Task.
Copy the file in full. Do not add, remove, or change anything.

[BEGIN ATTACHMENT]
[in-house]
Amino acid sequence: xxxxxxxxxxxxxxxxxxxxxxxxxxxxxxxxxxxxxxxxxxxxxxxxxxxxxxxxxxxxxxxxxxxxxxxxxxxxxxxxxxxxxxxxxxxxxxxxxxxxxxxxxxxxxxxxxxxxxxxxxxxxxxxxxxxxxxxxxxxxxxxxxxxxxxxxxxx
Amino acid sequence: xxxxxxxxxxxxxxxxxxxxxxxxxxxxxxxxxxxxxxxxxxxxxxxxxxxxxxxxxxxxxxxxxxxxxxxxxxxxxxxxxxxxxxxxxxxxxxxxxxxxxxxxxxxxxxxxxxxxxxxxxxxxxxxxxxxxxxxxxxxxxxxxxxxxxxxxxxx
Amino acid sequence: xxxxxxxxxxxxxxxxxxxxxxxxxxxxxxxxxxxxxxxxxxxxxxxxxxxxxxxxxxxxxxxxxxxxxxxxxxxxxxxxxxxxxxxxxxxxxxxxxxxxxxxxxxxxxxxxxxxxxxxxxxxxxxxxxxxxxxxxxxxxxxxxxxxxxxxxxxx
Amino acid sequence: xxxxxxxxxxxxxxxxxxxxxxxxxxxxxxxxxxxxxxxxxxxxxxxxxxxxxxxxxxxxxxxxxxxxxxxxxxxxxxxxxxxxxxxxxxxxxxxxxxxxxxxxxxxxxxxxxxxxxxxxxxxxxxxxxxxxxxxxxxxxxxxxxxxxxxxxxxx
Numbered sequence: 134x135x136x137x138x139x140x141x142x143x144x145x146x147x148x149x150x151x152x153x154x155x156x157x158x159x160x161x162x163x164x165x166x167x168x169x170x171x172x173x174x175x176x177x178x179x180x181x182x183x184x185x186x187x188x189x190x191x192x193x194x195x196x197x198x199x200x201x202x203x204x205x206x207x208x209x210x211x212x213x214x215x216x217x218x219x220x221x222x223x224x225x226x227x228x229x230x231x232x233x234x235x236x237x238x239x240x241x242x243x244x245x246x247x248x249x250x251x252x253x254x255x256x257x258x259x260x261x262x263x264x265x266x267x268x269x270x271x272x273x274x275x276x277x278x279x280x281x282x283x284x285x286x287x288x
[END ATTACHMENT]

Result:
[in-house]
Amino acid sequence: xxxxxxxxxxxxxxxxxxxxxxxxxxxxxxxxxxxxxxxxxxxxxxxxxxxxxxxxxxxxxxxxxxxxxxxxxxxxxxxxxxxxxxxxxxxxxxxxxxxxxxxxxxxxxxxxxxxxxxxxxxxxxxxxxxxxxxxxxxxxxxxxxxxxxxxxxxx
Amino acid sequence: xxxxxxxxxxxxxxxxxxxxxxxxxxxxxxxxxxxxxxxxxxxxxxxxxxxxxxxxxxxxxxxxxxxxxxxxxxxxxxxxxxxxxxxxxxxxxxxxxxxxxxxxxxxxxxxxxxxxxxxxxxxxxxxxxxxxxxxxxxxxxxxxxxxxxxxxxxx
Amino acid sequence: xxxxxxxxxxxxxxxxxxxxxxxxxxxxxxxxxxxxxxxxxxxxxxxxxxxxxxxxxxxxxxxxxxxxxxxxxxxxxxxxxxxxxxxxxxxxxxxxxxxxxxxxxxxxxxxxxxxxxxxxxxxxxxxxxxxxxxxxxxxxxxxxxxxxxxxxxxx
Amino acid sequence: xxxxxxxxxxxxxxxxxxxxxxxxxxxxxxxxxxxxxxxxxxxxxxxxxxxxxxxxxxxxxxxxxxxxxxxxxxxxxxxxxxxxxxxxxxxxxxxxxxxxxxxxxxxxxxxxxxxxxxxxxxxxxxxxxxxxxxxxxxxxxxxxxxxxxxxxxxx
Numbered sequence: 134x135x136x137x138x139x140x141x142x143x144x145x146x147x148x149x150x151x152x153x154x155x156x157x158x159x160x161x162x163x164x165x166x167x168x169x170x171x172x173x174x175x176x177x178x179x180x181x182x183x184x185x186x187x188x189x190x191x192x193x194x195x196x197x198x199x200x201x202x203x204x205x206x207x208x209x210x211x212x213x214x215x216x217x218x219x220x221x222x223x224x225x226x227x228x229x230x231x232x233x234x235x236x237x238x239x240x241x242x243x244x245x246x247x248x249x250x251x252x253x254x255x256x257x258x259x260x261x262x263x264x265x266x267x268x269x270x271x272x273x274x275x276x277x278x279x280x281x282x283x284x285x286x287x288x